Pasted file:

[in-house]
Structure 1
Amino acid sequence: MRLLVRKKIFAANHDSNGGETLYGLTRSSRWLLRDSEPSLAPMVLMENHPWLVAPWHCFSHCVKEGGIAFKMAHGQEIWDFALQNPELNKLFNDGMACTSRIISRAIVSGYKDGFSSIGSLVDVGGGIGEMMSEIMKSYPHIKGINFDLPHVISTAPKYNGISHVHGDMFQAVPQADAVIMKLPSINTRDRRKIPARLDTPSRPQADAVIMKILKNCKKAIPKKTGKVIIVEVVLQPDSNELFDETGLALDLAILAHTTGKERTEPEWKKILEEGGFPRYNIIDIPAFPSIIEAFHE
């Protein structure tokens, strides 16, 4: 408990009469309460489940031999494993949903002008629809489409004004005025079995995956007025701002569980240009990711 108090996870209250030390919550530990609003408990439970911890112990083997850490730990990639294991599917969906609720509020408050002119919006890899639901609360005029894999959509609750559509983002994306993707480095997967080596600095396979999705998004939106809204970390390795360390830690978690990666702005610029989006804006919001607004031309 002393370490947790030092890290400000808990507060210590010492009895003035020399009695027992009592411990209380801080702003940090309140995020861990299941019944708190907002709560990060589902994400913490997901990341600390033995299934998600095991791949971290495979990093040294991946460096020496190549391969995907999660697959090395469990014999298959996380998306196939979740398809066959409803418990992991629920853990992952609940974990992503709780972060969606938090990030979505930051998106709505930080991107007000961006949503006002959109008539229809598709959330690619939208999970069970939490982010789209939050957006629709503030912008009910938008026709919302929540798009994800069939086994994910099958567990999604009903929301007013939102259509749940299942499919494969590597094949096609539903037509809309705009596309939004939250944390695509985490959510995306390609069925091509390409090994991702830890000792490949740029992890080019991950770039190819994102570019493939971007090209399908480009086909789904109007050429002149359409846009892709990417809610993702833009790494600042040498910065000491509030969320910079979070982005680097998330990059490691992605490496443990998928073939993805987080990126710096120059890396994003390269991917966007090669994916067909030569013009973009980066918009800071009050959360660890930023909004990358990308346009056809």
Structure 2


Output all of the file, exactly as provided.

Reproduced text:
[in-house]
Structure 1
Amino acid sequence: MRLLVRKKIFAANHDSNGGETLYGLTRSSRWLLRDSEPSLAPMVLMENHPWLVAPWHCFSHCVKEGGIAFKMAHGQEIWDFALQNPELNKLFNDGMACTSRIISRAIVSGYKDGFSSIGSLVDVGGGIGEMMSEIMKSYPHIKGINFDLPHVISTAPKYNGISHVHGDMFQAVPQADAVIMKLPSINTRDRRKIPARLDTPSRPQADAVIMKILKNCKKAIPKKTGKVIIVEVVLQPDSNELFDETGLALDLAILAHTTGKERTEPEWKKILEEGGFPRYNIIDIPAFPSIIEAFHE
């Protein structure tokens, strides 16, 4: 408990009469309460489940031999494993949903002008629809489409004004005025079995995956007025701002569980240009990711 108090996870209250030390919550530990609003408990439970911890112990083997850490730990990639294991599917969906609720509020408050002119919006890899639901609360005029894999959509609750559509983002994306993707480095997967080596600095396979999705998004939106809204970390390795360390830690978690990666702005610029989006804006919001607004031309 002393370490947790030092890290400000808990507060210590010492009895003035020399009695027992009592411990209380801080702003940090309140995020861990299941019944708190907002709560990060589902994400913490997901990341600390033995299934998600095991791949971290495979990093040294991946460096020496190549391969995907999660697959090395469990014999298959996380998306196939979740398809066959409803418990992991629920853990992952609940974990992503709780972060969606938090990030979505930051998106709505930080991107007000961006949503006002959109008539229809598709959330690619939208999970069970939490982010789209939050957006629709503030912008009910938008026709919302929540798009994800069939086994994910099958567990999604009903929301007013939102259509749940299942499919494969590597094949096609539903037509809309705009596309939004939250944390695509985490959510995306390609069925091509390409090994991702830890000792490949740029992890080019991950770039190819994102570019493939971007090209399908480009086909789904109007050429002149359409846009892709990417809610993702833009790494600042040498910065000491509030969320910079979070982005680097998330990059490691992605490496443990998928073939993805987080990126710096120059890396994003390269991917966007090669994916067909030569013009973009980066918009800071009050959360660890930023909004990358990308346009056809």
Structure 2